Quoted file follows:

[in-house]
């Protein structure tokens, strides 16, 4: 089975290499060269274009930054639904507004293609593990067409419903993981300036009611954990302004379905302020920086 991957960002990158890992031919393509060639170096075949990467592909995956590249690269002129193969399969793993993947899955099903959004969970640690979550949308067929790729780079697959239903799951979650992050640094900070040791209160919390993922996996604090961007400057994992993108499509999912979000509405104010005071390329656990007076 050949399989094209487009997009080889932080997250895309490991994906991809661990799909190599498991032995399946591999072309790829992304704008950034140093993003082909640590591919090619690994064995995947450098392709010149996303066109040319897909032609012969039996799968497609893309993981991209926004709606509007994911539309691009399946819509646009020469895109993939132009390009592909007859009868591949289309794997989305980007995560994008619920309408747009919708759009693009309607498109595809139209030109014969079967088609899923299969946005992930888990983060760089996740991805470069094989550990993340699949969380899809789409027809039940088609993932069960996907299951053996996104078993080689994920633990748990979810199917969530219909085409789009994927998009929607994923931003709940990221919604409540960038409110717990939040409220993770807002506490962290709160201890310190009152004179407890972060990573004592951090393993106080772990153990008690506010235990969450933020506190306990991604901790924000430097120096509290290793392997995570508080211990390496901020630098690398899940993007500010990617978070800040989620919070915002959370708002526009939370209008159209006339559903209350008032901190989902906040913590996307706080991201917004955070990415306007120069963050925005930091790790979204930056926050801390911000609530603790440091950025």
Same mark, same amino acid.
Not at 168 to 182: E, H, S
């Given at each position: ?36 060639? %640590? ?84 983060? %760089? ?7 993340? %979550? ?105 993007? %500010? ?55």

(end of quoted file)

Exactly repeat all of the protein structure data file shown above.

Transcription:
[in-house]
């Protein structure tokens, strides 16, 4: 089975290499060269274009930054639904507004293609593990067409419903993981300036009611954990302004379905302020920086 991957960002990158890992031919393509060639170096075949990467592909995956590249690269002129193969399969793993993947899955099903959004969970640690979550949308067929790729780079697959239903799951979650992050640094900070040791209160919390993922996996604090961007400057994992993108499509999912979000509405104010005071390329656990007076 050949399989094209487009997009080889932080997250895309490991994906991809661990799909190599498991032995399946591999072309790829992304704008950034140093993003082909640590591919090619690994064995995947450098392709010149996303066109040319897909032609012969039996799968497609893309993981991209926004709606509007994911539309691009399946819509646009020469895109993939132009390009592909007859009868591949289309794997989305980007995560994008619920309408747009919708759009693009309607498109595809139209030109014969079967088609899923299969946005992930888990983060760089996740991805470069094989550990993340699949969380899809789409027809039940088609993932069960996907299951053996996104078993080689994920633990748990979810199917969530219909085409789009994927998009929607994923931003709940990221919604409540960038409110717990939040409220993770807002506490962290709160201890310190009152004179407890972060990573004592951090393993106080772990153990008690506010235990969450933020506190306990991604901790924000430097120096509290290793392997995570508080211990390496901020630098690398899940993007500010990617978070800040989620919070915002959370708002526009939370209008159209006339559903209350008032901190989902906040913590996307706080991201917004955070990415306007120069963050925005930091790790979204930056926050801390911000609530603790440091950025």
Same mark, same amino acid.
Not at 168 to 182: E, H, S
């Given at each position: ?36 060639? %640590? ?84 983060? %760089? ?7 993340? %979550? ?105 993007? %500010? ?55």